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View Full Version : instead of staples & Surures, SURVIVE GUNSHOT TILL 911?


ZombieZoo
12-25-2012, 8:08 PM
Ever get that funny feeling when out in some even semi-remote location and doing something with risk, from construction to hunting and thought "if something happened it might be a LONG time till help from 911 gets here"?

I've quit a couple otherwise good jobs in construction because they were out of cell range and client refused to take running a land line seriously, and none of my co-workers were the type you wanted to count on to save your life (lack of training, just dumb, etc).

Where is some good info on how to survive (most likely accidental) gunshot wound till you can get to real ER/trauma center.

Not worried about an infection that can be handled later with lots of anti-bios, just trying to keep from bleeding out.

I've know a couple guys who got speared by sharp sticks in motorcycle wrecks in the boondocks and managed to ride back miles and miles offroad with 'lumber' in them. (which they figured they better leave in place to prevent bleeding)

Stuff a lot of gauze into the wound and wrap tight with tape?

Fjold
12-25-2012, 8:30 PM
So you don't go anywhere where you don't have cell reception? What a boring life you must lead.

Laythor
12-25-2012, 8:39 PM
sounds like you have agoraphobia

strangerdude
12-25-2012, 8:39 PM
Depends where you get shot, there are many variables. If alone you should have occlusive dressings for sucking chest wound or neck wound and tourniquet. If with a group oral/nasal airways, ice packs, blanket, gauze, etc should also be in your gear. I advice you not to use airway adjuncts unless properly trained. But if no medical supplies, I would put my fingers in my gsw.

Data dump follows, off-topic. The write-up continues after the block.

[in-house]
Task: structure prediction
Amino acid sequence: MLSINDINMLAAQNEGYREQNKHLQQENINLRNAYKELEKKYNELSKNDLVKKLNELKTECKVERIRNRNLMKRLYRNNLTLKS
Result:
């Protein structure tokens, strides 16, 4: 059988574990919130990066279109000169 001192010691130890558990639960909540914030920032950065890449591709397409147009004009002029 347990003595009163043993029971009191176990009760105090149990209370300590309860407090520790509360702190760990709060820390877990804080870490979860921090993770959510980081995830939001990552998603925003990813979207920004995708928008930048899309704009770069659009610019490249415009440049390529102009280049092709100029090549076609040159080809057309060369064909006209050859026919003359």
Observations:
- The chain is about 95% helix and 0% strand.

twinfin
12-25-2012, 9:47 PM
A proper understanding of trauma should leave you with the knowledge that your biggest bang for the buck would be in exercising great care in not getting hurt in the first place.

Should that fail, a decent plan on how to get to help or get help to come to you would be my second priority. After that, the objective becomes how to buy time until proper care becomes available.

How do you buy time? Well, for a gunshot wound, blood loss is often the primary medical issue to address. With gunshot wounds to the extremities it is usually easier to control bleeding with direct pressure. On the other hand, a gunshot wound to the chest or abdomen often causes bleeding that can not be controlled externally and that is a big worry. If the lung is punctured or other structures related to the breathing passage are damaged, then getting proper oxygen can become deficient and there's precious little you can do to manage that outside the hospital other than placing an airtight seal over wounds that appear to puncture the lung.

Keeping the victim flat or possibly elevating the legs will help buy time when blood loss is severe as well as keeping the victim warm by covering with a blanket (unless it's already 100 degrees outside!). Oxygen can be used safely and applied at 10 to 15 liters per minute via non rebreather mask if you have that equipment.

There are other time buying skills that can be done prior to arriving at the hospital but those techniques and procedures require clinical skill and practice to perform as well as knowing when to and when not to perform those advanced skills.

Recap:

-Don't get hurt in the first place.
-If you do get hurt, know how to get help fast.